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Rethinking Waste One Bag at a Time

By Alexis Limberakis and Cheryl Hagedorn (Sustainable Brands) - February 15, 2012

The importance of sustainability is more than just changing your products and manufacturing, it is essential to inspire and engage employees in the process, ensuring that sustainability becomes embedded in the business decision process.

A culture of continuous improvement in sustainability needs to occur at all levels of the organization and become part of employee’s daily routines. The key is to leverage the “Power of Passionate People” and partner with them to drive sustainability throughout the organization.

At Clorox, a group of passionate volunteers started the Eco Network to identify sustainability opportunities, both internally and externally. The passion of the Eco Network is contagious and helps motivate other employees to think more about sustainability within the building, for their brands and, ultimately, the consumer.

The best impacts happen when employees experience sustainable initiatives first hand, get to participate and see the results. In June 2009, Clorox started “dumpster dives” at manufacturing facilities. The dumpster dives start by literally emptying the contents of a dumpster and engaging employees to sort out the items that could have been recycled. When employees physically connect with the trash and see the amount of waste that could have been diverted, it increases awareness and commitment to recycle and impacts their long-term behavior. The result has been dramatic, with waste to landfill reduced more than 50% on average for all the Clorox sites that have participated so far.

Another employee effort at the Clorox Headquarters in Oakland, CA, was launched by The Glad Brand to engage employees with the launch of its One Bag Campaign. The One Bag Campaign is an effort launched in the fall of 2011 to help consumers reduce waste at sporting events, parties and other events with the ultimate goal of ending with only one bag of waste going to landfill and the rest diverted to recycling and composting. Prior to this the campaign, the Eco Network and Glad collaborated on other waste diversion activities such as signage by waste bins and distributing reusable coffee mugs to employees, all with the goal to help the building divert 90% of waste by 2013. This specific campaign challenged to employees at the headquarters was to produce the least amount of trash with the goal of only one bag of waste per week for their floor. It turned out that many floors were able to meet this “unreachable” challenge, and the floor that was able to produce the least amount of trash for the week was rewarded with a free “eco-friendly” lunch for everyone. The location had already reached a strong 70% landfill diversion rate, but it had been a struggle to improve beyond that. This One Bag Challenge netted an additional 10%, or an improvement to 80% overall diversion, by engaging employees first hand and adding a competitive aspect to the mix.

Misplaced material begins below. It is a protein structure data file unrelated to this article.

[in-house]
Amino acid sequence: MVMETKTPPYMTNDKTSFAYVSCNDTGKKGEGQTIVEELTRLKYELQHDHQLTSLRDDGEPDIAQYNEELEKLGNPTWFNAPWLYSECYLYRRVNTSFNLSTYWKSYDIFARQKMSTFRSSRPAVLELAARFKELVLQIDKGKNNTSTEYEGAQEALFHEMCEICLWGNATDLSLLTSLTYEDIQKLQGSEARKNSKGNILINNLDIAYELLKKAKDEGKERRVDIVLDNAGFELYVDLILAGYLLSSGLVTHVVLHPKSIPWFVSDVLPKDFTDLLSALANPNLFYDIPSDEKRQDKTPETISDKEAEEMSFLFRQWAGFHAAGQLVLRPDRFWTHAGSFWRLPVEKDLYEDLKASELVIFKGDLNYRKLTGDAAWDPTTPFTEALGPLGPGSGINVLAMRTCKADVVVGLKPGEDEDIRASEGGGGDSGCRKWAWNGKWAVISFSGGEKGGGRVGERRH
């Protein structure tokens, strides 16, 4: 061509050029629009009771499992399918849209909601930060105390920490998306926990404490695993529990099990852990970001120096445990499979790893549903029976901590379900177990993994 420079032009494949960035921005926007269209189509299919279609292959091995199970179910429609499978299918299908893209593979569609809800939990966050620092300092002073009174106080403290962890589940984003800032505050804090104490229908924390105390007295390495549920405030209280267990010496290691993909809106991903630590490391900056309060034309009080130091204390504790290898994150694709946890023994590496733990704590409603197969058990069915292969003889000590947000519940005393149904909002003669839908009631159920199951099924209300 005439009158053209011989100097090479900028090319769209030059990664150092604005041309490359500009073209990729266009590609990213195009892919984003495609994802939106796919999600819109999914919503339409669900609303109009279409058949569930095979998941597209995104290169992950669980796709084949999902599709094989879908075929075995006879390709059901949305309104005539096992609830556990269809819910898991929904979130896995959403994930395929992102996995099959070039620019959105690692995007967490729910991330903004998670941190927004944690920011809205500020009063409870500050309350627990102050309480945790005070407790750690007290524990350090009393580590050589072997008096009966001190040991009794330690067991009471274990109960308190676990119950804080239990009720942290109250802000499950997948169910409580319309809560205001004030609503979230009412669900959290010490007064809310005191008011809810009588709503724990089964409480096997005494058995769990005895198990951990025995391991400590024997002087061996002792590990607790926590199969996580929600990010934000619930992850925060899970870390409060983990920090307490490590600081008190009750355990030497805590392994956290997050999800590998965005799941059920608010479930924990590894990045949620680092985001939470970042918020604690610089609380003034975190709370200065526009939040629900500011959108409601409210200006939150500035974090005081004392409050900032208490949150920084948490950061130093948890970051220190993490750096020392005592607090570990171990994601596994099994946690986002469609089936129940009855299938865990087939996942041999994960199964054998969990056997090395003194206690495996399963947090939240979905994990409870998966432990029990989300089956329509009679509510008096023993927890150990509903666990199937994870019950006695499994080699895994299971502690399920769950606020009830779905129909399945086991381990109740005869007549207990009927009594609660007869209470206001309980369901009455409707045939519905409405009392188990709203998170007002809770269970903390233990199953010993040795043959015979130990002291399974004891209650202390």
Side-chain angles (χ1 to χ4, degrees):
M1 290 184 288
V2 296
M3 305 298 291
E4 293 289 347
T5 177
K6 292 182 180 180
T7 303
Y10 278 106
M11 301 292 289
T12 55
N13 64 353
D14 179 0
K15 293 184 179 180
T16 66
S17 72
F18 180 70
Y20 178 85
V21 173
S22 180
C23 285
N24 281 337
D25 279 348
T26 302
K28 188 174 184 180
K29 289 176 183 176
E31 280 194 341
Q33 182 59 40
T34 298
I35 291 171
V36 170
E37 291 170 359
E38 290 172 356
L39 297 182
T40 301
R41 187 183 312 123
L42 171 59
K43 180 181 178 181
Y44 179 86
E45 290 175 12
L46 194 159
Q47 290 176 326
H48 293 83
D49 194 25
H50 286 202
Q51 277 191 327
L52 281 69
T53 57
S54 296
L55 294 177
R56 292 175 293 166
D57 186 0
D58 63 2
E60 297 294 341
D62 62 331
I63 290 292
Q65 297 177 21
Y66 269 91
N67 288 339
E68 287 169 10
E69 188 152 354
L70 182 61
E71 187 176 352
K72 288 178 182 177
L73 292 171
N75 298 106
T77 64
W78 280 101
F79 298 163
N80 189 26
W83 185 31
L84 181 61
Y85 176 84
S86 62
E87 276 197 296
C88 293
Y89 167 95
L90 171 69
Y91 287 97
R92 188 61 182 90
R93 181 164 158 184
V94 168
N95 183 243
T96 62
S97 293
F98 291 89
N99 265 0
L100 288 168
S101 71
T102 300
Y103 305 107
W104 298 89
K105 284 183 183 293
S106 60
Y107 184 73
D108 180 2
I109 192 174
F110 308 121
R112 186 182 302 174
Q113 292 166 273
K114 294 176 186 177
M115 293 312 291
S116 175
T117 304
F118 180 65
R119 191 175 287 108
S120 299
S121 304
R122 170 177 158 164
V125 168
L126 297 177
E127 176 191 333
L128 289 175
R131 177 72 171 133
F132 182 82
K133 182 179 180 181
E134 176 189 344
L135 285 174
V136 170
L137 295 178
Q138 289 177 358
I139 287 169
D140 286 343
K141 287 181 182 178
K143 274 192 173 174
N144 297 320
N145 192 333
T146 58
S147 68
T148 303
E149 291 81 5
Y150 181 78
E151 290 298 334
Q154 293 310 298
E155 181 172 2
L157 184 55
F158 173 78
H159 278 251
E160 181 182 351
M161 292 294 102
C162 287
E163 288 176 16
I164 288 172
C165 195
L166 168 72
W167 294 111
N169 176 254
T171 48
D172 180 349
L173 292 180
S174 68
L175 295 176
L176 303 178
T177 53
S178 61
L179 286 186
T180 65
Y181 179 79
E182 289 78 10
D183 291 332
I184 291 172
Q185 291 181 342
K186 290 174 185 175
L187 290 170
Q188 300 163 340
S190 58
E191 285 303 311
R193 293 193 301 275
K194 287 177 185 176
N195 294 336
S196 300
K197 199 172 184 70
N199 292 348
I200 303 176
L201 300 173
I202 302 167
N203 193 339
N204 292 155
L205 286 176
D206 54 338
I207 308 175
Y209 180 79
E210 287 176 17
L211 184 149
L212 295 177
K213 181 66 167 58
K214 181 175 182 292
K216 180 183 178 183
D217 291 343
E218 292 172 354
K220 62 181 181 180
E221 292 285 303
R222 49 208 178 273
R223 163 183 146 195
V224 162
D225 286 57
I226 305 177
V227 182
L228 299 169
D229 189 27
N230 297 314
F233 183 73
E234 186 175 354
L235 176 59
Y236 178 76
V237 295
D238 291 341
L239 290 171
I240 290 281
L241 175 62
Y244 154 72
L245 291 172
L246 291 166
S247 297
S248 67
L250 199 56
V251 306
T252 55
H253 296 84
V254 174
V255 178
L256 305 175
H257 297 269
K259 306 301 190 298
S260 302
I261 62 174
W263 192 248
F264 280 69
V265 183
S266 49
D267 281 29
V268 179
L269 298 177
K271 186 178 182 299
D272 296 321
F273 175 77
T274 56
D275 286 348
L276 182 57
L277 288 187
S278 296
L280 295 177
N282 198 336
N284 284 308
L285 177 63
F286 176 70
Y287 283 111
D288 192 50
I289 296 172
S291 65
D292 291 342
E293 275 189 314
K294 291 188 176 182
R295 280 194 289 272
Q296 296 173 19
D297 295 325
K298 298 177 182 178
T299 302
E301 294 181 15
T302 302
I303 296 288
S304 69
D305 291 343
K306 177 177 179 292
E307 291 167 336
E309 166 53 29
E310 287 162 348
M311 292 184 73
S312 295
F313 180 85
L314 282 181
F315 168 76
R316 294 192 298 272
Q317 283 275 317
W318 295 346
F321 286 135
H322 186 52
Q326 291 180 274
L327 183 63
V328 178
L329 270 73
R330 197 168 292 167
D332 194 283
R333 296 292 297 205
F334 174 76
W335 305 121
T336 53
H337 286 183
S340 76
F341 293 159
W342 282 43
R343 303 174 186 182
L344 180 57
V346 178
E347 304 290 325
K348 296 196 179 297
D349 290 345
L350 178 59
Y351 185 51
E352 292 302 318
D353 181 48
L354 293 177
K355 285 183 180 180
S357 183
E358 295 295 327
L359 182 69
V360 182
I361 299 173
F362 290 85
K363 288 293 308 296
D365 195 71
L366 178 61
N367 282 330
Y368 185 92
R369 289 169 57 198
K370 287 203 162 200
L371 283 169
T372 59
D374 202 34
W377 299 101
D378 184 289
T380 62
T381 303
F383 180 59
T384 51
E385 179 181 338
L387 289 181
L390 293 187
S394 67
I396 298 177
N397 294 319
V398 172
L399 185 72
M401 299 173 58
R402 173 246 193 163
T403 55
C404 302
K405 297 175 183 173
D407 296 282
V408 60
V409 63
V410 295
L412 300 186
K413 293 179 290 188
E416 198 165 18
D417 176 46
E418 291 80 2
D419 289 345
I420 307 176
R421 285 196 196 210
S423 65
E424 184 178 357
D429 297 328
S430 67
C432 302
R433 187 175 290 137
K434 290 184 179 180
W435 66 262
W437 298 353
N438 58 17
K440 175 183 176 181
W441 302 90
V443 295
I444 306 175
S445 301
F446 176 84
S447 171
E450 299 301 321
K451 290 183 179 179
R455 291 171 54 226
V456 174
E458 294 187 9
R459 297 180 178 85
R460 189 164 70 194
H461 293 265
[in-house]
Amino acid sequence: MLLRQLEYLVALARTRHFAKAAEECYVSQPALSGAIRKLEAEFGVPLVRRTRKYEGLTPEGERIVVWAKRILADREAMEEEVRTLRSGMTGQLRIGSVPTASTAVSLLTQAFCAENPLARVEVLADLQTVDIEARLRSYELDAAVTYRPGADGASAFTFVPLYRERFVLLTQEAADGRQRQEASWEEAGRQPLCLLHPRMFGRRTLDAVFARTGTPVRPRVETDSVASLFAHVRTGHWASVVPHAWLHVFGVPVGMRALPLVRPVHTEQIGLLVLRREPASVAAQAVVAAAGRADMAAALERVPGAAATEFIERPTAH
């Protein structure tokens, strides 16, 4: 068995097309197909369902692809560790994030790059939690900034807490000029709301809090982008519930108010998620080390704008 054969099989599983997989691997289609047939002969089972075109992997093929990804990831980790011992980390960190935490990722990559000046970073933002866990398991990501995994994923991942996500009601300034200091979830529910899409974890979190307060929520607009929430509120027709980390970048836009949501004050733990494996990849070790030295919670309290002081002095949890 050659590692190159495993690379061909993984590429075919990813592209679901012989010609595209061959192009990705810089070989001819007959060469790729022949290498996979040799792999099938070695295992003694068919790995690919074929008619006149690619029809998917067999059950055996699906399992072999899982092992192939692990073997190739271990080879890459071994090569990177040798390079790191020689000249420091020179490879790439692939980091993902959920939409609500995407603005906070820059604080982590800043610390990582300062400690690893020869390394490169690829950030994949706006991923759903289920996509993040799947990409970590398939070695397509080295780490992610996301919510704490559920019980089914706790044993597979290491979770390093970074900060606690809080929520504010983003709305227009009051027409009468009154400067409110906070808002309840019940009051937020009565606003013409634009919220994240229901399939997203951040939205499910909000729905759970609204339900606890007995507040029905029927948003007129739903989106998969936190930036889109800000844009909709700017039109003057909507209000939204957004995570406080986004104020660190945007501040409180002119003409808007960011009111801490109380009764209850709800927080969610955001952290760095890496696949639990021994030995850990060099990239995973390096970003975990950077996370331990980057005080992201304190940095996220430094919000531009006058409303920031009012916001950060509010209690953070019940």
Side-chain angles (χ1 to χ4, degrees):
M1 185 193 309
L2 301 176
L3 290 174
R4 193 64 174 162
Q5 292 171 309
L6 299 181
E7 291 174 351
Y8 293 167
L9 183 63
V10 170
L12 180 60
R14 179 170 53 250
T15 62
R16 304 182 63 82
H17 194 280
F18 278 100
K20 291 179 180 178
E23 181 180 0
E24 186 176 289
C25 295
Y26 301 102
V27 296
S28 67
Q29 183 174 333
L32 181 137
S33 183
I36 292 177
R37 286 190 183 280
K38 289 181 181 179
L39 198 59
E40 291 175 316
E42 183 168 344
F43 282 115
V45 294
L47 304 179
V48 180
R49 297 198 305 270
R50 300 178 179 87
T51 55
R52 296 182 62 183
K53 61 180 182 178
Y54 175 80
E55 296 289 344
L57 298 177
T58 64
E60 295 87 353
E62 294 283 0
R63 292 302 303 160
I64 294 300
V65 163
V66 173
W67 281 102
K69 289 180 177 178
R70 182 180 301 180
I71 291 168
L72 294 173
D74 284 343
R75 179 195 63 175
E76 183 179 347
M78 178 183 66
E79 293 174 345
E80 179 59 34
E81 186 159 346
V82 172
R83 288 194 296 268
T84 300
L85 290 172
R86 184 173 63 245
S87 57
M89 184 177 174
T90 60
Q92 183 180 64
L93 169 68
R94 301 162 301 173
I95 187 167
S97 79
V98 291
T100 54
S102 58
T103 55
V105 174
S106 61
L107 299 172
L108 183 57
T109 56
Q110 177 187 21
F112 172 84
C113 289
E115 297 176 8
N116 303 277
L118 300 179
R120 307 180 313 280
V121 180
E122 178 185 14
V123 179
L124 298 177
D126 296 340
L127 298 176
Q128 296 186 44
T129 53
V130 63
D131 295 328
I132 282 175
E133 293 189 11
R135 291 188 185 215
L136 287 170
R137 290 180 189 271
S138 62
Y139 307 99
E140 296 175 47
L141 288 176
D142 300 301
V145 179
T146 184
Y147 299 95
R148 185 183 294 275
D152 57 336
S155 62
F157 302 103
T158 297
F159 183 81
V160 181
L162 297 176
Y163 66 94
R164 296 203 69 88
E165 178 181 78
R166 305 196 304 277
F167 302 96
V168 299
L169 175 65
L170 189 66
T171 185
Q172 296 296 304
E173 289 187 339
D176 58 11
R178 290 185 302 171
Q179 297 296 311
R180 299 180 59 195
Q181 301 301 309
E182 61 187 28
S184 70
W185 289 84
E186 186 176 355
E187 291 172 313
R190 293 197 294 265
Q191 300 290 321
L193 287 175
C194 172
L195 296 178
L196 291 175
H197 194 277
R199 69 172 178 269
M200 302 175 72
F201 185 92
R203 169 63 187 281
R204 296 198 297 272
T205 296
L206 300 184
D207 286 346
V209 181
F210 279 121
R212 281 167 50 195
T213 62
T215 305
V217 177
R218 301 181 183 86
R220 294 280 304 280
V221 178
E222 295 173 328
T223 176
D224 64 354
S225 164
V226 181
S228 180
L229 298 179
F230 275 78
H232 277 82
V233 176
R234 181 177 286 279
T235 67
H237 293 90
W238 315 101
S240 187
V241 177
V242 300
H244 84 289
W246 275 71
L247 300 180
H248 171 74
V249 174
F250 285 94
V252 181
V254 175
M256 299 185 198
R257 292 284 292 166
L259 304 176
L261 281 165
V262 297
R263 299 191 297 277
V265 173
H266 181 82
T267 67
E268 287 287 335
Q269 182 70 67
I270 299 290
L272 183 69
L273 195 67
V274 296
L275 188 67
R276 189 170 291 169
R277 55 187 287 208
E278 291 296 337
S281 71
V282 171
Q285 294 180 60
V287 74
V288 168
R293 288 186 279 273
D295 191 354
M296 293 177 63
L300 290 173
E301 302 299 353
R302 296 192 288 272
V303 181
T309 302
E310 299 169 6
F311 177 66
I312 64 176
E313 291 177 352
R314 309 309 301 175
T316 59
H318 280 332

Here are some tips to help engage your employees around sustainability and start creating an eco-friendly waste reduction movement at your company:

* Hold a dumpster dive to engage employees with their trash

* Set a goal and measure progress over time

* Remove waste bins at desks to keep waste diversion top of mind

* Create “waste diversion” stations in key locations throughout the building with graphical signs to help people sort items properly (trash/recycle/compost)

* Color code the bins with colors that are associated with each stream in your area (e.g., blue for recycling, green for composting, black for landfill trash)

* Place landfill waste bins next to recycling and composting bins and make sure they are not the first or easiest to access

* Get your “passionate people” together to form a sustainability team to help educate and drive awareness

* Create contests and unique engagement tools to make sustainability initiatives fun

* Celebrate big and small improvements

* Communicate and involve employees to let them know that their actions are making an impact for the company and for the community

Start to integrate one tip at a time. With small changes you can help ensure that sustainability becomes part of the day-to-day business. At Clorox and Glad, employees are demonstrating that “Every small step makes a difference” to create a lasting impact.

Cheryl Hagedorn is a Marketing Manager for the Glad Products Company (a Clorox Company) with a focus on implementing and advancing sustainability for the brand.

Alexis Limberakis is a director in the Clorox Eco Office, a dedicated group responsible for driving the environmental sustainability strategy at The Clorox Company.